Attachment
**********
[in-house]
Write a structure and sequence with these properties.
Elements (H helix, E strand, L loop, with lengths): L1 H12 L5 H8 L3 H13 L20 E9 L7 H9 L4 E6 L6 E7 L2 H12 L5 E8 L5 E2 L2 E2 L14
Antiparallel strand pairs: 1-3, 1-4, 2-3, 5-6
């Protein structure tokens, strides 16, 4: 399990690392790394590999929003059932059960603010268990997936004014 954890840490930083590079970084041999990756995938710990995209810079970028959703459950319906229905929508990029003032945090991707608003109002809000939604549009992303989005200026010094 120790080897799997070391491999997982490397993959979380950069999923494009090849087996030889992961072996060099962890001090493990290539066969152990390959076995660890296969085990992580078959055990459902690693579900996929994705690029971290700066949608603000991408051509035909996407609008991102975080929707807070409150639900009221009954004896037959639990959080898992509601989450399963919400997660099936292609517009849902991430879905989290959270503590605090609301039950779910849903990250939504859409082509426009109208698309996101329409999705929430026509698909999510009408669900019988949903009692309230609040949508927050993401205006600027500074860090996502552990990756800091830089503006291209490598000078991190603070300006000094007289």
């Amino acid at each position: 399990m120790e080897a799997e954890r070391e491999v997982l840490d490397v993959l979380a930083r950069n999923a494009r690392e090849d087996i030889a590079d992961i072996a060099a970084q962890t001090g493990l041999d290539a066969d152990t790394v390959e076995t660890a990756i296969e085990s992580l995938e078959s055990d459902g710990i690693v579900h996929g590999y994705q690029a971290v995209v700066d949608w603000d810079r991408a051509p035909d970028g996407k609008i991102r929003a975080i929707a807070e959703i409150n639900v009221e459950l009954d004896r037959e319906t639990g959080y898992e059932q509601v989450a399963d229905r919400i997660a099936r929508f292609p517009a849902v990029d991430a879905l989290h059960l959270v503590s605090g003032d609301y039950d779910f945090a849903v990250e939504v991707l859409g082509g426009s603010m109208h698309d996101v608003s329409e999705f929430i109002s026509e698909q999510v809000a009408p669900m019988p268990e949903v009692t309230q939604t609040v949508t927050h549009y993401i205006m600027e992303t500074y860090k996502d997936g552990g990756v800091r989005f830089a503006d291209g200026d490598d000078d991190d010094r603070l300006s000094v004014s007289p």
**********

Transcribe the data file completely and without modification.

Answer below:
[in-house]
Write a structure and sequence with these properties.
Elements (H helix, E strand, L loop, with lengths): L1 H12 L5 H8 L3 H13 L20 E9 L7 H9 L4 E6 L6 E7 L2 H12 L5 E8 L5 E2 L2 E2 L14
Antiparallel strand pairs: 1-3, 1-4, 2-3, 5-6
């Protein structure tokens, strides 16, 4: 399990690392790394590999929003059932059960603010268990997936004014 954890840490930083590079970084041999990756995938710990995209810079970028959703459950319906229905929508990029003032945090991707608003109002809000939604549009992303989005200026010094 120790080897799997070391491999997982490397993959979380950069999923494009090849087996030889992961072996060099962890001090493990290539066969152990390959076995660890296969085990992580078959055990459902690693579900996929994705690029971290700066949608603000991408051509035909996407609008991102975080929707807070409150639900009221009954004896037959639990959080898992509601989450399963919400997660099936292609517009849902991430879905989290959270503590605090609301039950779910849903990250939504859409082509426009109208698309996101329409999705929430026509698909999510009408669900019988949903009692309230609040949508927050993401205006600027500074860090996502552990990756800091830089503006291209490598000078991190603070300006000094007289």
């Amino acid at each position: 399990m120790e080897a799997e954890r070391e491999v997982l840490d490397v993959l979380a930083r950069n999923a494009r690392e090849d087996i030889a590079d992961i072996a060099a970084q962890t001090g493990l041999d290539a066969d152990t790394v390959e076995t660890a990756i296969e085990s992580l995938e078959s055990d459902g710990i690693v579900h996929g590999y994705q690029a971290v995209v700066d949608w603000d810079r991408a051509p035909d970028g996407k609008i991102r929003a975080i929707a807070e959703i409150n639900v009221e459950l009954d004896r037959e319906t639990g959080y898992e059932q509601v989450a399963d229905r919400i997660a099936r929508f292609p517009a849902v990029d991430a879905l989290h059960l959270v503590s605090g003032d609301y039950d779910f945090a849903v990250e939504v991707l859409g082509g426009s603010m109208h698309d996101v608003s329409e999705f929430i109002s026509e698909q999510v809000a009408p669900m019988p268990e949903v009692t309230q939604t609040v949508t927050h549009y993401i205006m600027e992303t500074y860090k996502d997936g552990g990756v800091r989005f830089a503006d291209g200026d490598d000078d991190d010094r603070l300006s000094v004014s007289p």